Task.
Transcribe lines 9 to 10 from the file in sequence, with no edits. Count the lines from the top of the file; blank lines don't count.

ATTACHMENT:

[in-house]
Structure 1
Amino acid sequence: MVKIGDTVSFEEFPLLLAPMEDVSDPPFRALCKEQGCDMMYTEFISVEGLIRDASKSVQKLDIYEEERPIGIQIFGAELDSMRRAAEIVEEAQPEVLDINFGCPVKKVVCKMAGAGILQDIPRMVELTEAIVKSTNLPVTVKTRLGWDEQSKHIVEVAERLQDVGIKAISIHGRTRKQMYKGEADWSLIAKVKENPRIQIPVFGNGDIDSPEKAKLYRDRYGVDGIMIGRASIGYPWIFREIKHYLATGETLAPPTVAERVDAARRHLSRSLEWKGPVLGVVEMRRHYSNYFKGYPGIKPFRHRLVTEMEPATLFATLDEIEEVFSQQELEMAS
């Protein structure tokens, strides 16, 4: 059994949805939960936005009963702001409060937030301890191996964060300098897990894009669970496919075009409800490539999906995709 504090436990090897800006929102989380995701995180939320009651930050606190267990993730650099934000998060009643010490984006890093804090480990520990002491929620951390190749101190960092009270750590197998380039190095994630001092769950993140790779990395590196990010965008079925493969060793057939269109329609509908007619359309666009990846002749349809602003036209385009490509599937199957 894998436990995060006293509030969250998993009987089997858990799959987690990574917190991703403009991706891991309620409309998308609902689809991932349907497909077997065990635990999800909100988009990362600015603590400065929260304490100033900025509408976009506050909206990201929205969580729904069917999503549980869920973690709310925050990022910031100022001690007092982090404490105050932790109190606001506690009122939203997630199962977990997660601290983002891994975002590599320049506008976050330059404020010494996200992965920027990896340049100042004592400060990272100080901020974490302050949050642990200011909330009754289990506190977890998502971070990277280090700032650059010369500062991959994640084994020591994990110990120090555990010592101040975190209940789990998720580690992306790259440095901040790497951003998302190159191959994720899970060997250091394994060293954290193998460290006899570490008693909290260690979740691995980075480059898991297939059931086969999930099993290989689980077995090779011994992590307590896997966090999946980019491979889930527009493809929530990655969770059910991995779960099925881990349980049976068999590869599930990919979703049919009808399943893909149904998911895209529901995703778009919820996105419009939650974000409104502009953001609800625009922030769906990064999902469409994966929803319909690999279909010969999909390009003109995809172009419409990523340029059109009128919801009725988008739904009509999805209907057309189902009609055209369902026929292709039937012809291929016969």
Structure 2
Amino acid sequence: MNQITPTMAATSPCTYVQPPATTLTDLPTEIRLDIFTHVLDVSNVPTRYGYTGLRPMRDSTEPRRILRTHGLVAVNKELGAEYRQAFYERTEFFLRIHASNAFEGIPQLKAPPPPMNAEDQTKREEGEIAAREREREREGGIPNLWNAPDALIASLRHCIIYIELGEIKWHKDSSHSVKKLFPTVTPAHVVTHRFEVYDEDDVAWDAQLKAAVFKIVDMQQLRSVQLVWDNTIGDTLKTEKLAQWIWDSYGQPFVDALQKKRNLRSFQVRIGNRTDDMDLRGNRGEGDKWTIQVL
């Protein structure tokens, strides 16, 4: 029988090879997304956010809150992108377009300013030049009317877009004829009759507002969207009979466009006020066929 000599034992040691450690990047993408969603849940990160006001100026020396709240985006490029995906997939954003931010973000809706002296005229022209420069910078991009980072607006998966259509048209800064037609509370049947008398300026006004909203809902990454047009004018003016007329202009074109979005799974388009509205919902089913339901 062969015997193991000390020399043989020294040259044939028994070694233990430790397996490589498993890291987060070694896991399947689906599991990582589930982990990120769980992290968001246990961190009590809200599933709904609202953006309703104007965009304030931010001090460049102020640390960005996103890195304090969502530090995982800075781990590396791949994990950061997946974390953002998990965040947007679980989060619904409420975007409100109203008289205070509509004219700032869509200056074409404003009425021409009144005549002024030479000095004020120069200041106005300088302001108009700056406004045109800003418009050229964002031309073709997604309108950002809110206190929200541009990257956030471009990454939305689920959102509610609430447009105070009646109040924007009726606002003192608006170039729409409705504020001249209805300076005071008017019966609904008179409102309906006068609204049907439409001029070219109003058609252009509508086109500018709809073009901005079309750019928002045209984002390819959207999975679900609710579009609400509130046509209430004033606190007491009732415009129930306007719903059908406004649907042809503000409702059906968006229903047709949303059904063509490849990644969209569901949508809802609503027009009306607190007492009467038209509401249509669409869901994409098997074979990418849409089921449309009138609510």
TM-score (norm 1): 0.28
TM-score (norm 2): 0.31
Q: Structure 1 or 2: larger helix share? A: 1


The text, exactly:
TM-score (norm 2): 0.31
Q: Structure 1 or 2: larger helix share? A: 1